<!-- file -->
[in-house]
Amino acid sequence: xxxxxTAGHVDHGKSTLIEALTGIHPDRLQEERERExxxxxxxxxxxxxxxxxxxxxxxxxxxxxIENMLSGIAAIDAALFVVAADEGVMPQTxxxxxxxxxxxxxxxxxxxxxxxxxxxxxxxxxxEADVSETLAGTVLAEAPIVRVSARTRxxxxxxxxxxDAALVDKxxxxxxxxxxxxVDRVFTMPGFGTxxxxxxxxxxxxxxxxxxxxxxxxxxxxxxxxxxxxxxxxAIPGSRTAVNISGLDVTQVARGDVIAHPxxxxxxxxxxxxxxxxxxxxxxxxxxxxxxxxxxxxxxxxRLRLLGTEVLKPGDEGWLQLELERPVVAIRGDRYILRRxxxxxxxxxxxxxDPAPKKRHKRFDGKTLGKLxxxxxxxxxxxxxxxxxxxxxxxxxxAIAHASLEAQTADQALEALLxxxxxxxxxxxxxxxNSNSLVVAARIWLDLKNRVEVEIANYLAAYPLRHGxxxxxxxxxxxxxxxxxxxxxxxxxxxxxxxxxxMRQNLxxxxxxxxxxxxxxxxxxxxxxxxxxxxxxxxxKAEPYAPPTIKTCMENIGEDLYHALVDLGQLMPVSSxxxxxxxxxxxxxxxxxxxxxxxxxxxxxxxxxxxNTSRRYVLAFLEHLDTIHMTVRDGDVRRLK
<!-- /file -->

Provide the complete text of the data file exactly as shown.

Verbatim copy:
[in-house]
Amino acid sequence: xxxxxTAGHVDHGKSTLIEALTGIHPDRLQEERERExxxxxxxxxxxxxxxxxxxxxxxxxxxxxIENMLSGIAAIDAALFVVAADEGVMPQTxxxxxxxxxxxxxxxxxxxxxxxxxxxxxxxxxxEADVSETLAGTVLAEAPIVRVSARTRxxxxxxxxxxDAALVDKxxxxxxxxxxxxVDRVFTMPGFGTxxxxxxxxxxxxxxxxxxxxxxxxxxxxxxxxxxxxxxxxAIPGSRTAVNISGLDVTQVARGDVIAHPxxxxxxxxxxxxxxxxxxxxxxxxxxxxxxxxxxxxxxxxRLRLLGTEVLKPGDEGWLQLELERPVVAIRGDRYILRRxxxxxxxxxxxxxDPAPKKRHKRFDGKTLGKLxxxxxxxxxxxxxxxxxxxxxxxxxxAIAHASLEAQTADQALEALLxxxxxxxxxxxxxxxNSNSLVVAARIWLDLKNRVEVEIANYLAAYPLRHGxxxxxxxxxxxxxxxxxxxxxxxxxxxxxxxxxxMRQNLxxxxxxxxxxxxxxxxxxxxxxxxxxxxxxxxxKAEPYAPPTIKTCMENIGEDLYHALVDLGQLMPVSSxxxxxxxxxxxxxxxxxxxxxxxxxxxxxxxxxxxNTSRRYVLAFLEHLDTIHMTVRDGDVRRLK